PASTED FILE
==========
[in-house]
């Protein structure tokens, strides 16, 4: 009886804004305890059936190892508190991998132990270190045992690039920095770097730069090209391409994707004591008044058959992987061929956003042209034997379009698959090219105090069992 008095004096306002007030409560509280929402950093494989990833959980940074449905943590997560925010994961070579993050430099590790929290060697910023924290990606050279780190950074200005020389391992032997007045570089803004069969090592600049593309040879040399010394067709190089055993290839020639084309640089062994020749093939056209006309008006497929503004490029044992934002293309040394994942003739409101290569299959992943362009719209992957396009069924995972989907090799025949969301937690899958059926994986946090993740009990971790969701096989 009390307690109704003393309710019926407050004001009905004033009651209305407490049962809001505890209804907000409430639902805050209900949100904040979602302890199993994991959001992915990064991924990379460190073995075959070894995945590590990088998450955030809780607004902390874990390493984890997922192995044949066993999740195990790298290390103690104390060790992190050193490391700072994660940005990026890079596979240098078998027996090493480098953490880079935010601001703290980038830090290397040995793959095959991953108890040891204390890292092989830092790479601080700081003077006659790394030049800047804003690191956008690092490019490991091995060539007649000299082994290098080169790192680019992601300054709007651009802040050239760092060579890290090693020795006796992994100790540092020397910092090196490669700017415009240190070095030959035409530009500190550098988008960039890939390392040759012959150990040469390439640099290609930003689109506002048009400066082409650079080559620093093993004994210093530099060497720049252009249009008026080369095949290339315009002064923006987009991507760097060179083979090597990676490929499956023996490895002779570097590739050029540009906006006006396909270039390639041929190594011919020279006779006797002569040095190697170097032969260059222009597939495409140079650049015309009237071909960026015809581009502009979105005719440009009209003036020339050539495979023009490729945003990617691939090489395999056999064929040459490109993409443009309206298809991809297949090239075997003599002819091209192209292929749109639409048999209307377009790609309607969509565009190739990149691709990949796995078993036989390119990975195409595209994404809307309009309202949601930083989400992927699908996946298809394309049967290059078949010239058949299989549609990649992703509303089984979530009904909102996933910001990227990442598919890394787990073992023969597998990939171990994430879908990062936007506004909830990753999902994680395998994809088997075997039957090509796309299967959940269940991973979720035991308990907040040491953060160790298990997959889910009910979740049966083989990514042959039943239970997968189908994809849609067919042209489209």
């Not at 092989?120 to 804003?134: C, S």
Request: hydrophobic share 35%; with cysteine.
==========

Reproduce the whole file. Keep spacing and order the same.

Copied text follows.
[in-house]
């Protein structure tokens, strides 16, 4: 009886804004305890059936190892508190991998132990270190045992690039920095770097730069090209391409994707004591008044058959992987061929956003042209034997379009698959090219105090069992 008095004096306002007030409560509280929402950093494989990833959980940074449905943590997560925010994961070579993050430099590790929290060697910023924290990606050279780190950074200005020389391992032997007045570089803004069969090592600049593309040879040399010394067709190089055993290839020639084309640089062994020749093939056209006309008006497929503004490029044992934002293309040394994942003739409101290569299959992943362009719209992957396009069924995972989907090799025949969301937690899958059926994986946090993740009990971790969701096989 009390307690109704003393309710019926407050004001009905004033009651209305407490049962809001505890209804907000409430639902805050209900949100904040979602302890199993994991959001992915990064991924990379460190073995075959070894995945590590990088998450955030809780607004902390874990390493984890997922192995044949066993999740195990790298290390103690104390060790992190050193490391700072994660940005990026890079596979240098078998027996090493480098953490880079935010601001703290980038830090290397040995793959095959991953108890040891204390890292092989830092790479601080700081003077006659790394030049800047804003690191956008690092490019490991091995060539007649000299082994290098080169790192680019992601300054709007651009802040050239760092060579890290090693020795006796992994100790540092020397910092090196490669700017415009240190070095030959035409530009500190550098988008960039890939390392040759012959150990040469390439640099290609930003689109506002048009400066082409650079080559620093093993004994210093530099060497720049252009249009008026080369095949290339315009002064923006987009991507760097060179083979090597990676490929499956023996490895002779570097590739050029540009906006006006396909270039390639041929190594011919020279006779006797002569040095190697170097032969260059222009597939495409140079650049015309009237071909960026015809581009502009979105005719440009009209003036020339050539495979023009490729945003990617691939090489395999056999064929040459490109993409443009309206298809991809297949090239075997003599002819091209192209292929749109639409048999209307377009790609309607969509565009190739990149691709990949796995078993036989390119990975195409595209994404809307309009309202949601930083989400992927699908996946298809394309049967290059078949010239058949299989549609990649992703509303089984979530009904909102996933910001990227990442598919890394787990073992023969597998990939171990994430879908990062936007506004909830990753999902994680395998994809088997075997039957090509796309299967959940269940991973979720035991308990907040040491953060160790298990997959889910009910979740049966083989990514042959039943239970997968189908994809849609067919042209489209």
């Not at 092989?120 to 804003?134: C, S």
Request: hydrophobic share 35%; with cysteine.